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drummerslowrise

11)
Message boards :
Number crunching :
Badges III
(Message 144679)
Posted 232 days ago by Gelly

12)
Message boards :
Number crunching :
WW testing
(Message 144389)
Posted 237 days ago by Gelly
Seems like robish was rearing to go on some NvidiaX test, so I'll also reserve CPU multithreading for Linux (with a 3970x, no less!)
Done!
CRC 1) 67029FBFBC1AEFB0
CRC 2) 2F32CAD23BA5B1CA
CRC 3) B8B040FA3813FEB2
Same thing as my Nvidia results. Checkpointed a lot more often, though, and failed to give an ETA at checkpoints like Nvidia did. Likely more down to implementation than any bugs.
The 3970X at 64 threads kept up with or outperformed the GTX 960 in terms of time, which is probably the wildest thing I've seen for CPU vs. GPU. Probably due to the fact that, once you get past 16 cores, the CPU gets closer to being a GPU than anything else.

13)
Message boards :
Number crunching :
WW testing
(Message 144387)
Posted 237 days ago by Gelly
Seems like robish was rearing to go on some NvidiaX test, so I'll also reserve CPU multithreading for Linux (with a 3970x, no less!)

14)
Message boards :
Number crunching :
WW testing
(Message 144386)
Posted 237 days ago by Gelly
I can reserve NvidiaLinux
Done!
CRC 1) 67029FBFBC1AEFB0
CRC 2) 2F32CAD23BA5B1CA
CRC 3) B8B040FA3813FEB2
The special instances expected in the document seemed to line up pretty well (test 2 also nabbed the two wieferich primes).
Done with a GTX 960 in a decent amount of time.

15)
Message boards :
Number crunching :
WW testing
(Message 144383)
Posted 237 days ago by Gelly
I can reserve NvidiaLinux

16)
Message boards :
Number crunching :
Évariste Galois's Birthday Challenge
(Message 144064)
Posted 247 days ago by Gelly
Any bets how many DIV primes we will find during the five days? /JeppeSN
I will invest an absurd amount of my personal time and money to get as close to ensuring at least one prime as I can.

17)
Message boards :
General discussion :
Favourite Prime Number.
(Message 143078)
Posted 281 days ago by Gelly
https://factordb.com/index.php?id=1100000001571209570 points to the current entry (and eventual proof) that 68686868686868....{4131 68's}67 is a prime number. Took a 7 hour bite out of my current Primo project, which is relatively nothing at all.

18)
Message boards :
General discussion :
Favourite Prime Number.
(Message 143025)
Posted 282 days ago by Gelly
(10^(2*4132)1)*68/99  1 has 4131 68's in a row, followed by 67. It's about 8k digits and hasn't been proven, but I'm waiting until pfgw finishes the range I gave it before I throw primo at the biggest one.

19)
Message boards :
General discussion :
Leyland primes
(Message 142605)
Posted 297 days ago by Gelly
Is there a possibility doing ECPP via distributed computing? I only found "Also ECPP has never been truly exposed to distributed computing" in this mersenneforum thread.
I'm not an expert on ECPP, but from the work I've done and what I've seen, it's definitely a possibility. In 2005, they were using multiple computers in tandem for fastECPP, although definitely a far cry from distributed computing.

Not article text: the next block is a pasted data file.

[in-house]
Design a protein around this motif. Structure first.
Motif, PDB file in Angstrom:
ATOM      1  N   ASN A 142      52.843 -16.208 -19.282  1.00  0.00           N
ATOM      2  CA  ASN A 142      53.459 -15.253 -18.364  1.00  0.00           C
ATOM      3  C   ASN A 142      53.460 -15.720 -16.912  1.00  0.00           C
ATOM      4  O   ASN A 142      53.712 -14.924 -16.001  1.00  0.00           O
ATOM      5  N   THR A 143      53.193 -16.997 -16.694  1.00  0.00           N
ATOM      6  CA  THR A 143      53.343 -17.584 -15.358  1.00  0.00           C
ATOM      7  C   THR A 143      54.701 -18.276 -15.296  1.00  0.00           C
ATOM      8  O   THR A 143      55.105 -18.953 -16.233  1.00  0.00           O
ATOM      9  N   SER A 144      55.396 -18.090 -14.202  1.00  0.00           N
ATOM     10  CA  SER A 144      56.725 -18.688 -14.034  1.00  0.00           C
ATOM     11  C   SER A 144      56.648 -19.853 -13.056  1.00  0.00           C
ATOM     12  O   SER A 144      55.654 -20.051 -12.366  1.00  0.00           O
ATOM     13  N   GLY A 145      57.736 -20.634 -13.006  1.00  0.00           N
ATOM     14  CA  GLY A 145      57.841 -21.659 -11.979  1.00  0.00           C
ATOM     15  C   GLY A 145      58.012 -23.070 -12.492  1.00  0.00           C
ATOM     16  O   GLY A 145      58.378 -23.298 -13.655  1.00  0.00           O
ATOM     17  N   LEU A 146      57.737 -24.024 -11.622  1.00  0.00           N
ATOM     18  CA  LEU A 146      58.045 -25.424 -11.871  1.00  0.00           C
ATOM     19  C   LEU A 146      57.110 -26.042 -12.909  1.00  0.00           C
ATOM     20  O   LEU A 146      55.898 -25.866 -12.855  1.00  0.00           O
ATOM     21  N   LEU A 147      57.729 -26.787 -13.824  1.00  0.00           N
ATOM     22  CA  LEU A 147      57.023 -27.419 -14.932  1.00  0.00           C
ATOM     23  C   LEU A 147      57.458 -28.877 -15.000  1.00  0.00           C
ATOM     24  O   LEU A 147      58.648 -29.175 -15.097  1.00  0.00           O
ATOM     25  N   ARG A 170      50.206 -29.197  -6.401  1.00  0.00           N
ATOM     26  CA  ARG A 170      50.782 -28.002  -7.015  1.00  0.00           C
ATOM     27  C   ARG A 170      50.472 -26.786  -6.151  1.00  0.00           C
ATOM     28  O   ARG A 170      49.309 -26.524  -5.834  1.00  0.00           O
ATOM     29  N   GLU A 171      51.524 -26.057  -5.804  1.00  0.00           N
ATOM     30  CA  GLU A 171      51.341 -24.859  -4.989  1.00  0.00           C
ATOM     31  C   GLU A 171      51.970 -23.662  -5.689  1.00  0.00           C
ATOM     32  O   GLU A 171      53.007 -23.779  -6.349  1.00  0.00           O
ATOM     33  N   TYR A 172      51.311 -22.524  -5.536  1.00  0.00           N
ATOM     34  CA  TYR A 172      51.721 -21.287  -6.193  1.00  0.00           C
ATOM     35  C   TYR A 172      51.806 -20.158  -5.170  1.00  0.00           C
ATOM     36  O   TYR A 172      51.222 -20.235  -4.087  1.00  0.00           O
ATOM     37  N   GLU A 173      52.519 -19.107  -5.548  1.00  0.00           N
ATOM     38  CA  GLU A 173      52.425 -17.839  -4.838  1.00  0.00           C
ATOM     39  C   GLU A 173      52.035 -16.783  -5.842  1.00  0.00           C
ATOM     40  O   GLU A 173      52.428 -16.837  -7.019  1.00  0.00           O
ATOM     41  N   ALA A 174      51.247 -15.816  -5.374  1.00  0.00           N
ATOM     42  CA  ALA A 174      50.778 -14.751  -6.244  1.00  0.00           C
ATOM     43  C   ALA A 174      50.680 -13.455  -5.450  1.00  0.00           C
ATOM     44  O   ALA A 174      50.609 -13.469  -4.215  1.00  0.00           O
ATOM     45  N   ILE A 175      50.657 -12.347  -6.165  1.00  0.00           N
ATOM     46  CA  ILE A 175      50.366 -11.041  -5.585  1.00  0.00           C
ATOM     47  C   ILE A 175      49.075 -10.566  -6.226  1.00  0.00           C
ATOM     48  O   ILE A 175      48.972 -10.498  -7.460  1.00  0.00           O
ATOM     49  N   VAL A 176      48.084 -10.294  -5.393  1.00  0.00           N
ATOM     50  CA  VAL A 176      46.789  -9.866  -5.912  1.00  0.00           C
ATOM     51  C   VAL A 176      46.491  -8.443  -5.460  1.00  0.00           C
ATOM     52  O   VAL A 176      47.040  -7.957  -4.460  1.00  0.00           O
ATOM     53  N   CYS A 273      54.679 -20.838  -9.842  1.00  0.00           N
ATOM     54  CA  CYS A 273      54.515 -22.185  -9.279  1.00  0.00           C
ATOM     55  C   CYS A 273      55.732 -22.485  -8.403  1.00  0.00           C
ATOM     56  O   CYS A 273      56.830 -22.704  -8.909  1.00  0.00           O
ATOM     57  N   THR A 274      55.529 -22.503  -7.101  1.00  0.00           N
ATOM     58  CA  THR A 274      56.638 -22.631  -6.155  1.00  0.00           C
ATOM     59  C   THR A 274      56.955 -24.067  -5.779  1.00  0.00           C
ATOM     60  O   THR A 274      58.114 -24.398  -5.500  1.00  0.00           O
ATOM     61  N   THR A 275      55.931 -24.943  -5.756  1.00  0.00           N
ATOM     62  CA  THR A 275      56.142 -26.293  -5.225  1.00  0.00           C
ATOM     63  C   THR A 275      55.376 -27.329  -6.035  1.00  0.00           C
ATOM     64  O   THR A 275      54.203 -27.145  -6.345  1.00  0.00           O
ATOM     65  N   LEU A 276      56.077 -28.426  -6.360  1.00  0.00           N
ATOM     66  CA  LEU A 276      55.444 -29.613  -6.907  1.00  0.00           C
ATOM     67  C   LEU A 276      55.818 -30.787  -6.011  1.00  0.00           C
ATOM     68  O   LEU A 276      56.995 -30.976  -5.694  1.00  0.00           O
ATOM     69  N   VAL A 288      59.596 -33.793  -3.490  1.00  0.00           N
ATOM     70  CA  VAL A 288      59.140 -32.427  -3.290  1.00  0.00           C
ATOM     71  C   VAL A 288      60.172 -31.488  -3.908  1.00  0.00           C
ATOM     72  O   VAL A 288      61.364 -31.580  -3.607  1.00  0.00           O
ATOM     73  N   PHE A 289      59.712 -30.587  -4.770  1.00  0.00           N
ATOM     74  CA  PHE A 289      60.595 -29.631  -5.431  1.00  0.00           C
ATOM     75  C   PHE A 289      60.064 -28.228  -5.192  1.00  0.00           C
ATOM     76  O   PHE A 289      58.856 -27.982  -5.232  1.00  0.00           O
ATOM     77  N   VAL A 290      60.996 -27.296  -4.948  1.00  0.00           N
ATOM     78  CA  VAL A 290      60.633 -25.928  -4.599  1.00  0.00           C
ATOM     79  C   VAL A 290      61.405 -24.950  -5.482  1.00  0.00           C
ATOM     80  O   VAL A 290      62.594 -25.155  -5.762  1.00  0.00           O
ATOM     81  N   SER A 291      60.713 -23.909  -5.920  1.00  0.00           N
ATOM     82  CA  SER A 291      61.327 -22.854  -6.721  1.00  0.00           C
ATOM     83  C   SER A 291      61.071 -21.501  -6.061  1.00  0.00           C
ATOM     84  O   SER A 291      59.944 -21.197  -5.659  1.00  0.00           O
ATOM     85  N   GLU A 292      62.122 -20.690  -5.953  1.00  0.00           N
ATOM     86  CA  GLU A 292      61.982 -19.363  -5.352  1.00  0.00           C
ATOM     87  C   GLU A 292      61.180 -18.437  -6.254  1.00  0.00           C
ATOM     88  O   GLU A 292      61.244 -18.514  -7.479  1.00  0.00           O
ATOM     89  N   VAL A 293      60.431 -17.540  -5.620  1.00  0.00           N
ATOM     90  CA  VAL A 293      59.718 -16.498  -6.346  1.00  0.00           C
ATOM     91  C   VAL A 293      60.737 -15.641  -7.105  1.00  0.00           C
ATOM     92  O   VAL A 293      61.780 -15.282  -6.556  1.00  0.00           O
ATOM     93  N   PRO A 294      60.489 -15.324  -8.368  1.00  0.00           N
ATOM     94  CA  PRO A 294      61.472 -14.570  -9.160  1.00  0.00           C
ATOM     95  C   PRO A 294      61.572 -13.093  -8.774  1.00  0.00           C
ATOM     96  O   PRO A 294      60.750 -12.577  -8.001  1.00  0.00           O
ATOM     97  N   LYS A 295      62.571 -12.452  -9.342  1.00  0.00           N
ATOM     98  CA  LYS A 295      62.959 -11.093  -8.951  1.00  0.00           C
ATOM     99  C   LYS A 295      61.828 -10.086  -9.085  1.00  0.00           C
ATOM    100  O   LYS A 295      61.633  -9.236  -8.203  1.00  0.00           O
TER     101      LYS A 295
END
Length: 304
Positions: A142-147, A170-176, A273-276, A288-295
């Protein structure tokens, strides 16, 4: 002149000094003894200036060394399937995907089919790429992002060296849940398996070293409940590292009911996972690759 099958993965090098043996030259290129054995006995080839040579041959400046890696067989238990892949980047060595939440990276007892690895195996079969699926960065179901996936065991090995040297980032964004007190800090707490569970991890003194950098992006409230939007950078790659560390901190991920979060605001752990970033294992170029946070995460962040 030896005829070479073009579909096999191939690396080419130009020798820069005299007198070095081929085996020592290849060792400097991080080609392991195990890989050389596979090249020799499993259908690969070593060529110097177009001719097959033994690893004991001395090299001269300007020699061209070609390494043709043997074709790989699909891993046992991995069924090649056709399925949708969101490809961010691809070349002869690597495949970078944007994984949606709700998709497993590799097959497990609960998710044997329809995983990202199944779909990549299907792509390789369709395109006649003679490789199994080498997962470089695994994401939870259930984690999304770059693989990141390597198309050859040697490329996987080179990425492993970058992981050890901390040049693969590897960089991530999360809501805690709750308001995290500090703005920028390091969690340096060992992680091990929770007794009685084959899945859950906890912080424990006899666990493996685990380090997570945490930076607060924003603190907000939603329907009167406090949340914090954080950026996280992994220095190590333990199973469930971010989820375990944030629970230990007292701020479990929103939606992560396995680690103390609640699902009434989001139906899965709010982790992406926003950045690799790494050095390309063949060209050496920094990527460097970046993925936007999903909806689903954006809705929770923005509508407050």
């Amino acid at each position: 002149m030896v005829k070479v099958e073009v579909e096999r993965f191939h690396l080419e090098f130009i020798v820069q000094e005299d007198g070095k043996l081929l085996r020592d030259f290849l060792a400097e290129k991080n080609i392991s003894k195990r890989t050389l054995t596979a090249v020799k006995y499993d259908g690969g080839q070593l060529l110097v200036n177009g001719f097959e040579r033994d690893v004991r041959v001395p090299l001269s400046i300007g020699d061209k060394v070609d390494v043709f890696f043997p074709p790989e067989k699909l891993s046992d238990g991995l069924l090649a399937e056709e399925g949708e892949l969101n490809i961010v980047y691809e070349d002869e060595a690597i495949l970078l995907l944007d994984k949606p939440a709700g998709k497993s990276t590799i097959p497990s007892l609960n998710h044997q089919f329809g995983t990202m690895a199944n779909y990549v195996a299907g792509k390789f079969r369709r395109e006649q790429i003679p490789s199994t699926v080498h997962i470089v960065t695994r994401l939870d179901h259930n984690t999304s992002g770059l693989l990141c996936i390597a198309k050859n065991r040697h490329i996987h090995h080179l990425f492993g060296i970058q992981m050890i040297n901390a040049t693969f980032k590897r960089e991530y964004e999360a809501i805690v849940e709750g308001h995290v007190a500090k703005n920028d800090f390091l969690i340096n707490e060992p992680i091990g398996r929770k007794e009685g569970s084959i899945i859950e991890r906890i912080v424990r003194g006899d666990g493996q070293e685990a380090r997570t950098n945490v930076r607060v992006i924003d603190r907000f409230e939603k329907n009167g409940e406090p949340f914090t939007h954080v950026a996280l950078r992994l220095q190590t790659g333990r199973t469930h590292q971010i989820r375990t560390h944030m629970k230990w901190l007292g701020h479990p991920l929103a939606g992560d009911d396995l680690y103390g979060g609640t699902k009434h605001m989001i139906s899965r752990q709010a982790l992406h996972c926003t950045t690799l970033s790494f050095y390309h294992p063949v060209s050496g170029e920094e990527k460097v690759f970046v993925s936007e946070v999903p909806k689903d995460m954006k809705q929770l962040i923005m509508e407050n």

The way the main stage of ECPP works is it essentially connects the large prime to a small prime through a bunch of intermediate primes with elliptic curves that have special properties. It's essentially a random walk, hoping to hit on an equation that provides a factorization that you can work with, and many times Primo will end up backtracking if it doesn't like the current prime it's working on. This stage would likely be difficult to distribute well, but with enough distribution, maybe "ok" is good enough.
The second stage is a lot easier to split up and lends itself much better to distribution, as it's just taking all the equations to connect the primes in stage one and factorizing them, AFAIK.
Again, I'm no expert on ECPP, either mathematically or programmatically, and considering the maelstrom of ECC patents and Primo being closed source, it's hard to blame me. Perhaps we could change that for the better if we got enough people booked up on elliptic curves looking into distributed computing  it may be possible to blow past the current limits of ECPP due to it being single system.

20)
Message boards :
General discussion :
Leyland primes
(Message 142565)
Posted 300 days ago by Gelly
I generally don't like the idea of new subprojects, but if ever someone feels the absolute need to implement one, Leyland primes have a certain appeal.
They are of the form x^y + y^x and the biggest currently know one 8656^2929 + 2929^8656 has a mere 30008 digits.
According to PRP Records there are probable Leyland primes with up to 10^6 digits, but apparently it's hard to prove they are prime.
It might not be be easy to make it work with DC, the test for each number would have to be broken down into tasks. Maybe it doesn't make sense if they cannot be run parallel. But it irks me that 99% of new large primes are of a specific form just because those are relatively easy to prove their primality.
It's definitely out of character for PrimeGrid to pick up a subproject that cannot prove the primes they are testing, as all of the current and past projects are either sieves or for provable primes.
The reason Leyland primes aren't helpful in terms of primality proving is that you don't tend to know a lot about the factorization of P1 or P+1, which is used in many of the primality proofs for very large primes. You can use general primality proving techniques, such as ECPP, but those top out at about 40k digits at the moment (although there are stirrings of 50k digits in the next 5 years)

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